Joseph Ely 20 New York
George Ely 17 New York
Thomas Ely 16 New York
Adelia Ely 14 Michigan
Isadore E Ely 13 Michigan
Jane Ely 9 Michigan
Anna Ely 8 Michigan
Mary Ely 6 Michigan
Harriett Ely 3 Michigan
Frances E Ely 1 Michigan

In 1870 we see David and his family still in Michigan:
David Ely 51 Brewer England
Hannah Ely 52 Keeping House England
Adelia Ely 24 Teacher Michigan
Isadore Ely 23 Michigan
Jennie Ely 19 Teacher Michigan
Anna Ely 18 Michigan
Minnie Ely 16 Michigan
Hattie Ely 13 Michigan
Charles Ely 8 Michigan

And in 1880:
David Ely 61 Self England Plasterer
Hannah Ely 62 Wife England Keeping House
Anna Ely Dau 28 Michigan Teaches School
Charles Ely Son 18 Michigan Farm Labourer

Our gratitude goes to the members and volunteers at Find A Grave web site for recording the details, in memory of David and his family.

David's headstone has the surname as ELY, as do all the census returns I've seen so I guess that was how he wrote it.

Sources for David EELY:

  1. Northamptonshire Parish Register - Aynho,
  2. findagrave.com,
  3. Personal Contact with Val Elbert,
  4. 1870 US Federal Census,

Notes for Henry EELY:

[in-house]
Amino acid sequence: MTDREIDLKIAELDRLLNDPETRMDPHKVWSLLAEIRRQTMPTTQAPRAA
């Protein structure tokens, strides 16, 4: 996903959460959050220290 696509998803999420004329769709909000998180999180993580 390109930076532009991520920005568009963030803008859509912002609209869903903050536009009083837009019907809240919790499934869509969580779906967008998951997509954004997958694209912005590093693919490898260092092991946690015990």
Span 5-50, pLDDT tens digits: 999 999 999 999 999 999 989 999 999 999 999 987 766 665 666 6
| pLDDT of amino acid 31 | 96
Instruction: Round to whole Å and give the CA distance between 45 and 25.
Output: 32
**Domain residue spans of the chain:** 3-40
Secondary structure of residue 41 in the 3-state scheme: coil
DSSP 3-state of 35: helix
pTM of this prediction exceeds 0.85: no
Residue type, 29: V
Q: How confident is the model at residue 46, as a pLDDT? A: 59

Henry emigrated to America with his wife Harriet Ferry Eely and young 3 year old son, Edward, ariving at Oswego, New York on 21 June, 1832. He became a naturlaised American Citizen on 3 July, 1849.

I'm told by Val Elbert that Henry went to live in Ellisbury, Jefferson, New York, USA with his wife Harriette Terry. They had 4 children:
Joseph b.11 Jan 1836 at Ellisburg, Jefferson, New York
Hannah Jane b.1838 - 3 Apr 1875
William A b.1841
Elizabeth b.1845

We see Henry and his wife in 1850, living at Ellisburgh, New York:
Henry Ely Head Mar 42 England
Harriet Ely Wife Mar 42 England
Edward Ely Son 22 England
Jane Ely Daur 16 England
Joseph Ely Son 14 England
Hannah Ely Daur 12 England
William Ely Son 8 England

In 1860 we see Henry and his wife living in Ellisburgh, Jefferson County, New York:
Henry Ely Head Mar 52 England
Harriette Ely Wife Mar 52 England
Hannah Ely Daur 22 New York
William Ely Son 19 New York
Elizabath Ely DSaur 15 New York
Joseph Ely Son 24 New York

In 1870 we see Henry and his wife still living in Ellisburgh, Jefferson County, New York:
Henry Eely Head Mar 62 England
Ann Eely Wife Mar 62 England

His son Edward was living next door with his wife Caroline and sons Frank and George.

Our gratitude goes to the members and volunteers at Find A Grave web site for recording the details, in memory of Henry, his wife Harriet (Ferry) Eely, and children Jane Eely Rounds (____ - 1875), Edward Eely (1828 - 1918), Joseph Eely (1836 - 1920), and William H. Eely (1842 - 1917)

Note: His last name is spelled Elly on his stone

Sources for Henry EELY:

  1. Personal Contact with Val Elbert,
  2. Northamptonshire Parish Register - Aynho,
  3. LDS - Naturalization Records, 1791-1980,